Two weeks ago a 6.0 earthquake hit Napa Valley, the California region famous for making red wine. On Saturday morning the Wall Street Journal published an article stating “About 120 wineries in Napa Valley suffered an estimated $50 million in damage from the magnitude 6.0 earthquake.” This $50 million figure is wrong.
Understanding supply and demand curves, found in chapter 3 of my textbook, shows the value of the wine destroyed by the earthquake will be overstated, even if every winery is trying to be completely honest. The reason the value is wrong is seen in the two pictures below. Both of these pictures show supply and demand graphs with numbers that I made up to explain the situation simply.
Before the earthquake we will assume Napa wineries were selling 15 million bottles a year at $20 each. Before the earthquake the wineries were going to earn $300 million (15 million bottles X $20 per bottle).
The earthquake smashed bottles and broke open barrels of delicious wine. Let’s assume that about 1/3 of all the Napa wine being held in storage (about 5 million bottles) was lost. The wine makers and winery owners have to file insurance claims now and also tell eager reporters the value of what was destroyed. Using the numbers in the above figures they will truthfully file claims for losing 5 million bottles of wine, that they could have sold for $20 a bottle. They will state they lost $100 million, which is a large amount of money.
This loss of good wine made me sad because with less Napa wine available, I know the price will soon go up. The next picture shows that the destruction of good Napa wine shifts the supply curve left by reducing the number of bottles being sold from 15 million to 10 million bottles. With less wine available the price rises from $20 per bottle to $30 per bottle.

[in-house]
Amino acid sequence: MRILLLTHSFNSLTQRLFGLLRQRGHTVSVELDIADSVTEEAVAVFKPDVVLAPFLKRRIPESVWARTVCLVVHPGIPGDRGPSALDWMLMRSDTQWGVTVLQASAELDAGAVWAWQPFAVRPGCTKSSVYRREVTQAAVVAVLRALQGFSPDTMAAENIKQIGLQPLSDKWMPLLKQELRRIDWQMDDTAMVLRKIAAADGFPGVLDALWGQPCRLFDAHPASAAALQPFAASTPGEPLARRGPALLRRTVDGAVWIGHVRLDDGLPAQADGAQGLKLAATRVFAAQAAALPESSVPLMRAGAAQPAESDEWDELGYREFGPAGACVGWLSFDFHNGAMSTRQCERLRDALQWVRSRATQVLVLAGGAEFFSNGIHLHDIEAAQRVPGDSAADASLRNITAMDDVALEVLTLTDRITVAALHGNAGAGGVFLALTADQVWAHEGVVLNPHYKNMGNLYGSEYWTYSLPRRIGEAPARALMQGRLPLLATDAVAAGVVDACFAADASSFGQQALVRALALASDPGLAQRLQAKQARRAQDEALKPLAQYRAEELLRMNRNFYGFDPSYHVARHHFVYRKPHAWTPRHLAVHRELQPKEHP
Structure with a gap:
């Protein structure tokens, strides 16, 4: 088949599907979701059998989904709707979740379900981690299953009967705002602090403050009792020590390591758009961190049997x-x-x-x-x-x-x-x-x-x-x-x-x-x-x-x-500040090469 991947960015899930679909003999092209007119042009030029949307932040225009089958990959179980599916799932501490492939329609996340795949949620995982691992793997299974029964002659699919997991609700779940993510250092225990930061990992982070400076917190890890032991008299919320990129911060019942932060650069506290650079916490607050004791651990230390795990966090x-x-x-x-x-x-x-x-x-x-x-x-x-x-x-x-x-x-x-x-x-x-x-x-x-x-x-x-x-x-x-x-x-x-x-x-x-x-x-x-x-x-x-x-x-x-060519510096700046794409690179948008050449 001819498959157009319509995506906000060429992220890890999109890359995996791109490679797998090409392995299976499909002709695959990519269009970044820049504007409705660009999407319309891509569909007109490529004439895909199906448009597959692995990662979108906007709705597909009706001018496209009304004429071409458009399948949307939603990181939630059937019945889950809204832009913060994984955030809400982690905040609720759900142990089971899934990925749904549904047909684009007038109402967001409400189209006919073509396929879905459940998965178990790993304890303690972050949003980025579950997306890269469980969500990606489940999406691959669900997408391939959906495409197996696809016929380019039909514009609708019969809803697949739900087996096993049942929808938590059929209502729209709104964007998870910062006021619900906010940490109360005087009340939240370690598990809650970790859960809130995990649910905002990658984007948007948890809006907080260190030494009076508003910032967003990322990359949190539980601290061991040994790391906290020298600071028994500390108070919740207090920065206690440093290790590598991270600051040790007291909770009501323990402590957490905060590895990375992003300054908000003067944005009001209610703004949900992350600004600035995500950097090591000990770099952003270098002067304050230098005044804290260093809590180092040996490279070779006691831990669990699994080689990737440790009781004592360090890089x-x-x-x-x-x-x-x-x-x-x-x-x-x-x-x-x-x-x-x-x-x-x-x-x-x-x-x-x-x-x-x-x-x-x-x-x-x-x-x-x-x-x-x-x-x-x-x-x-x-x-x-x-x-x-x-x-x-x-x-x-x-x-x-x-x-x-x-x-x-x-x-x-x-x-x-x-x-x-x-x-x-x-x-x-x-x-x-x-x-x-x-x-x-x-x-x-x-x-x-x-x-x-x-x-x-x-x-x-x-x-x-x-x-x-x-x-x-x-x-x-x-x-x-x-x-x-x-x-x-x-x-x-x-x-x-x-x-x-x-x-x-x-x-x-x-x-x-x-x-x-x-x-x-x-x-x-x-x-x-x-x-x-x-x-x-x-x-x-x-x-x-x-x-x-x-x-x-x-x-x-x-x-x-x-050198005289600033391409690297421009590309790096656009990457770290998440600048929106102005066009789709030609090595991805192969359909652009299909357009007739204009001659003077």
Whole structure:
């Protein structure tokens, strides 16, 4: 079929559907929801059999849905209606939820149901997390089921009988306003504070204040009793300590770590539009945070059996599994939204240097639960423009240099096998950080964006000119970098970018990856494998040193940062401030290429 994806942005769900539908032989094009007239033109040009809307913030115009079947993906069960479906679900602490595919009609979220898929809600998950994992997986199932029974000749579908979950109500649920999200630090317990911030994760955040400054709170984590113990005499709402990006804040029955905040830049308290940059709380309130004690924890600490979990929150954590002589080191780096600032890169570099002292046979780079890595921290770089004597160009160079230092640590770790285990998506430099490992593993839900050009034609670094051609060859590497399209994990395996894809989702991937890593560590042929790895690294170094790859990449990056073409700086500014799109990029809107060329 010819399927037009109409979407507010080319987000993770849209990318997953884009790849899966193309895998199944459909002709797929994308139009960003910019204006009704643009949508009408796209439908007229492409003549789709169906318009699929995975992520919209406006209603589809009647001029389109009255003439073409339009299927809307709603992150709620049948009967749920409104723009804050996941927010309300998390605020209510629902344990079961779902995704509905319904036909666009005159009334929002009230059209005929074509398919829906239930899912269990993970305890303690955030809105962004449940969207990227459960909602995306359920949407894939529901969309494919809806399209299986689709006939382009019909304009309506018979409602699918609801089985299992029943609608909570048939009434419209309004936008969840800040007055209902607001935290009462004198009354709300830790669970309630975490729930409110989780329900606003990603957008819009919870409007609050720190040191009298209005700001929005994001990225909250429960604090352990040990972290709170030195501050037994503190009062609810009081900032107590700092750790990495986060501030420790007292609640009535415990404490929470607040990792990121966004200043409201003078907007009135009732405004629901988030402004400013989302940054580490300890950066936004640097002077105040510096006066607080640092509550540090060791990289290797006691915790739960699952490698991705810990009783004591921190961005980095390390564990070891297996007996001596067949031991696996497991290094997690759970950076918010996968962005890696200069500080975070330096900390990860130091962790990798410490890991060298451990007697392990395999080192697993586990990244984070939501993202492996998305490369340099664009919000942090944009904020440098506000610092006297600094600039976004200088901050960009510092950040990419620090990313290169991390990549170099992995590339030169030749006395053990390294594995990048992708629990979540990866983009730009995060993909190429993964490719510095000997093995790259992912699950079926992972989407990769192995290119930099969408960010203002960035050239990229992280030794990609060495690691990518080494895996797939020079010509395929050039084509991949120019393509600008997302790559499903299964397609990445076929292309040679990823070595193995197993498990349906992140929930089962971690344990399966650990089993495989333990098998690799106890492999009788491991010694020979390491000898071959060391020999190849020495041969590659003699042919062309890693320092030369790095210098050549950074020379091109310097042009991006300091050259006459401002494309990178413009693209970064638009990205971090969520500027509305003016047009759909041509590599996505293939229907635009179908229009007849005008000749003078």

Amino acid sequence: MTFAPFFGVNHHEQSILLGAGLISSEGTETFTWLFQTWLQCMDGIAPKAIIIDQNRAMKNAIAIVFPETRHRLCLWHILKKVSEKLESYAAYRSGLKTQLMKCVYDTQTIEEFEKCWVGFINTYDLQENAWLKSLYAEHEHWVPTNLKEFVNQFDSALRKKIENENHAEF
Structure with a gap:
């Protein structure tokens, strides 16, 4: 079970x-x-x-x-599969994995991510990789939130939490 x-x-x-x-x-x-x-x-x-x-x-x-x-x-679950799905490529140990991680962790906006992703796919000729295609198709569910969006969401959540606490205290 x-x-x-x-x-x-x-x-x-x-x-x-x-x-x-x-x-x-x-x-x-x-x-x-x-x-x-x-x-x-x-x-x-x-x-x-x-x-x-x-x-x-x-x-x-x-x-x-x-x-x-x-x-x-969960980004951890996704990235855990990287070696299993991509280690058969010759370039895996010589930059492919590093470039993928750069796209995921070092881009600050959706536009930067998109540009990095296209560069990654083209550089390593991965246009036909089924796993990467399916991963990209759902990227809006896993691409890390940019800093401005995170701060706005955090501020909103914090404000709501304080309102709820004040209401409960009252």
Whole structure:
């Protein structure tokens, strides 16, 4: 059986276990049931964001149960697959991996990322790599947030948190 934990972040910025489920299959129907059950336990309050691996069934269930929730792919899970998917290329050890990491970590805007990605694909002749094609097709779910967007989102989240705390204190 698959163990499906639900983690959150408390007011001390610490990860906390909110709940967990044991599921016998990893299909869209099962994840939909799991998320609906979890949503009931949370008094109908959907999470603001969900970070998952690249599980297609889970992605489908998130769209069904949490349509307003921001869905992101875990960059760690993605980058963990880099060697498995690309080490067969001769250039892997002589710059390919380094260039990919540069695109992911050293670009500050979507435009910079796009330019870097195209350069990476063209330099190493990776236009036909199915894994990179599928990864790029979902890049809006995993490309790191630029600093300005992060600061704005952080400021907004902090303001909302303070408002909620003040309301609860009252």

Before the earthquake the wineries were expecting to earn $300 million (15 million bottles X $20 per bottle). However, after the earthquake the wineries earn the same $300 million (10 million bottles X $30 per bottle) because even though they are selling less, they are selling it for a much higher price. The actual loss in this example is zero, even though the wineries are honest and claim a $100 million loss immediately after the quake.
In the above picture the wine’s price rises to $30 per bottle. If the price rises, but not as much as shown above the wineries will make a loss. However, even if the price rises just a little the wineries’ loss is less than what appears on the insurance claims and is reported by the media. For example, if the price rises to $25 per bottle, wineries earn $250 million (10 million bottles X $25 per bottle), which is a loss of $50 million, just half of what was expected.
It is possible, though not likely, that the earthquake could even make wineries better off financially. This situation arises if the price of the wine jumps beyond $30 per bottle. For example, if the price rises to $35 per bottle then the wineries actually make $50 million more in sales because of the earthquake’s destruction, than if the quake never happened.
Loss figures based on the current retail price are only accurate if the price of Napa wine does not change. Having purchased Napa wines for many years, I find the idea that prices will not change unrealistic. In the past changes in harvest size caused by weather have often caused large price swings. The upshot is that Napa wine will be more expensive soon. While consumers will not be happy the higher prices ensures wineries will not incur as harsh an economic fallout from the earthquake as is currently being reported.